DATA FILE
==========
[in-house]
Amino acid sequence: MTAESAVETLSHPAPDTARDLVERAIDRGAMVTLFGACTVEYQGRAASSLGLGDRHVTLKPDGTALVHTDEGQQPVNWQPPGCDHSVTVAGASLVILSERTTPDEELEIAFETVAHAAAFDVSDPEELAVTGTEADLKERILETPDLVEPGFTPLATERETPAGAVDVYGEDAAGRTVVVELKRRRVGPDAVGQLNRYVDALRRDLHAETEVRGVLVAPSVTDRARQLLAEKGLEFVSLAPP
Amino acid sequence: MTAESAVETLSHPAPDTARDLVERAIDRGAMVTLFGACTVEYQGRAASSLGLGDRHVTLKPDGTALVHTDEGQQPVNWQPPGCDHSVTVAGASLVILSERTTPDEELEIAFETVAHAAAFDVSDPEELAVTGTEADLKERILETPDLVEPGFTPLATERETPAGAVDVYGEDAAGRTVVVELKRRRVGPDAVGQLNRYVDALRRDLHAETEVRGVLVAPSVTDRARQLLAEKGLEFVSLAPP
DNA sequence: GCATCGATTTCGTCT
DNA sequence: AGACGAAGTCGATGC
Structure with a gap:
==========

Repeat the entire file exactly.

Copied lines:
[in-house]
Amino acid sequence: MTAESAVETLSHPAPDTARDLVERAIDRGAMVTLFGACTVEYQGRAASSLGLGDRHVTLKPDGTALVHTDEGQQPVNWQPPGCDHSVTVAGASLVILSERTTPDEELEIAFETVAHAAAFDVSDPEELAVTGTEADLKERILETPDLVEPGFTPLATERETPAGAVDVYGEDAAGRTVVVELKRRRVGPDAVGQLNRYVDALRRDLHAETEVRGVLVAPSVTDRARQLLAEKGLEFVSLAPP
Amino acid sequence: MTAESAVETLSHPAPDTARDLVERAIDRGAMVTLFGACTVEYQGRAASSLGLGDRHVTLKPDGTALVHTDEGQQPVNWQPPGCDHSVTVAGASLVILSERTTPDEELEIAFETVAHAAAFDVSDPEELAVTGTEADLKERILETPDLVEPGFTPLATERETPAGAVDVYGEDAAGRTVVVELKRRRVGPDAVGQLNRYVDALRRDLHAETEVRGVLVAPSVTDRARQLLAEKGLEFVSLAPP
DNA sequence: GCATCGATTTCGTCT
DNA sequence: AGACGAAGTCGATGC
Structure with a gap: